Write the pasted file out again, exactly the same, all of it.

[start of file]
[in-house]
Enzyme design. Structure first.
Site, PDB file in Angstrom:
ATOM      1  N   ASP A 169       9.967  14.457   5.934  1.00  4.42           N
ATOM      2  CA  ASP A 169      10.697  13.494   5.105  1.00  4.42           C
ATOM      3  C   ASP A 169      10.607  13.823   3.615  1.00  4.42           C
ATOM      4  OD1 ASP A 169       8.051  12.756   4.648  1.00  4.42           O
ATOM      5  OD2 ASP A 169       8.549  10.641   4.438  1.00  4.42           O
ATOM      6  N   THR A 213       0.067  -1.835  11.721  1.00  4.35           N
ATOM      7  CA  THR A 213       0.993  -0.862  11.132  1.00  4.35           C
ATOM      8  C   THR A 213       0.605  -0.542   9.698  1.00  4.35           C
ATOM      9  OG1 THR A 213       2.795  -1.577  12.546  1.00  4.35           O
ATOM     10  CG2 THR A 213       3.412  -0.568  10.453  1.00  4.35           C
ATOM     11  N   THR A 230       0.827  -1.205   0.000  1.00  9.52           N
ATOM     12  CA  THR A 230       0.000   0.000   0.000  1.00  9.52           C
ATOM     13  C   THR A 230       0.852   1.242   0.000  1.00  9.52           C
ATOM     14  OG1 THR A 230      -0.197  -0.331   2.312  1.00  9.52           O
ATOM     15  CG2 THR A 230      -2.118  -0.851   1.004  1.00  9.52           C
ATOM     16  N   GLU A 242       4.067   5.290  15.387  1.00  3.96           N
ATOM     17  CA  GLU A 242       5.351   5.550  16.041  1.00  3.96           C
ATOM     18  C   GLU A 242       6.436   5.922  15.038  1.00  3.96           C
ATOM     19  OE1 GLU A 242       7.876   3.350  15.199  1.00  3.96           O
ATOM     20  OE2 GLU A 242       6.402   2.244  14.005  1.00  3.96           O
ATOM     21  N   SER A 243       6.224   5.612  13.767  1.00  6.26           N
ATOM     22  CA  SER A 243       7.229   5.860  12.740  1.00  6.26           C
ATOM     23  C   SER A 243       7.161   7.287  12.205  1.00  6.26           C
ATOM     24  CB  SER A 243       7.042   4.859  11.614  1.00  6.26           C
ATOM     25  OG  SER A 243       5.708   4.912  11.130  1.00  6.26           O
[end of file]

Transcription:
[in-house]
Enzyme design. Structure first.
Site, PDB file in Angstrom:
ATOM      1  N   ASP A 169       9.967  14.457   5.934  1.00  4.42           N
ATOM      2  CA  ASP A 169      10.697  13.494   5.105  1.00  4.42           C
ATOM      3  C   ASP A 169      10.607  13.823   3.615  1.00  4.42           C
ATOM      4  OD1 ASP A 169       8.051  12.756   4.648  1.00  4.42           O
ATOM      5  OD2 ASP A 169       8.549  10.641   4.438  1.00  4.42           O
ATOM      6  N   THR A 213       0.067  -1.835  11.721  1.00  4.35           N
ATOM      7  CA  THR A 213       0.993  -0.862  11.132  1.00  4.35           C
ATOM      8  C   THR A 213       0.605  -0.542   9.698  1.00  4.35           C
ATOM      9  OG1 THR A 213       2.795  -1.577  12.546  1.00  4.35           O
ATOM     10  CG2 THR A 213       3.412  -0.568  10.453  1.00  4.35           C
ATOM     11  N   THR A 230       0.827  -1.205   0.000  1.00  9.52           N
ATOM     12  CA  THR A 230       0.000   0.000   0.000  1.00  9.52           C
ATOM     13  C   THR A 230       0.852   1.242   0.000  1.00  9.52           C
ATOM     14  OG1 THR A 230      -0.197  -0.331   2.312  1.00  9.52           O
ATOM     15  CG2 THR A 230      -2.118  -0.851   1.004  1.00  9.52           C
ATOM     16  N   GLU A 242       4.067   5.290  15.387  1.00  3.96           N
ATOM     17  CA  GLU A 242       5.351   5.550  16.041  1.00  3.96           C
ATOM     18  C   GLU A 242       6.436   5.922  15.038  1.00  3.96           C
ATOM     19  OE1 GLU A 242       7.876   3.350  15.199  1.00  3.96           O
ATOM     20  OE2 GLU A 242       6.402   2.244  14.005  1.00  3.96           O
ATOM     21  N   SER A 243       6.224   5.612  13.767  1.00  6.26           N
ATOM     22  CA  SER A 243       7.229   5.860  12.740  1.00  6.26           C
ATOM     23  C   SER A 243       7.161   7.287  12.205  1.00  6.26           C
ATOM     24  CB  SER A 243       7.042   4.859  11.614  1.00  6.26           C
ATOM     25  OG  SER A 243       5.708   4.912  11.130  1.00  6.26           O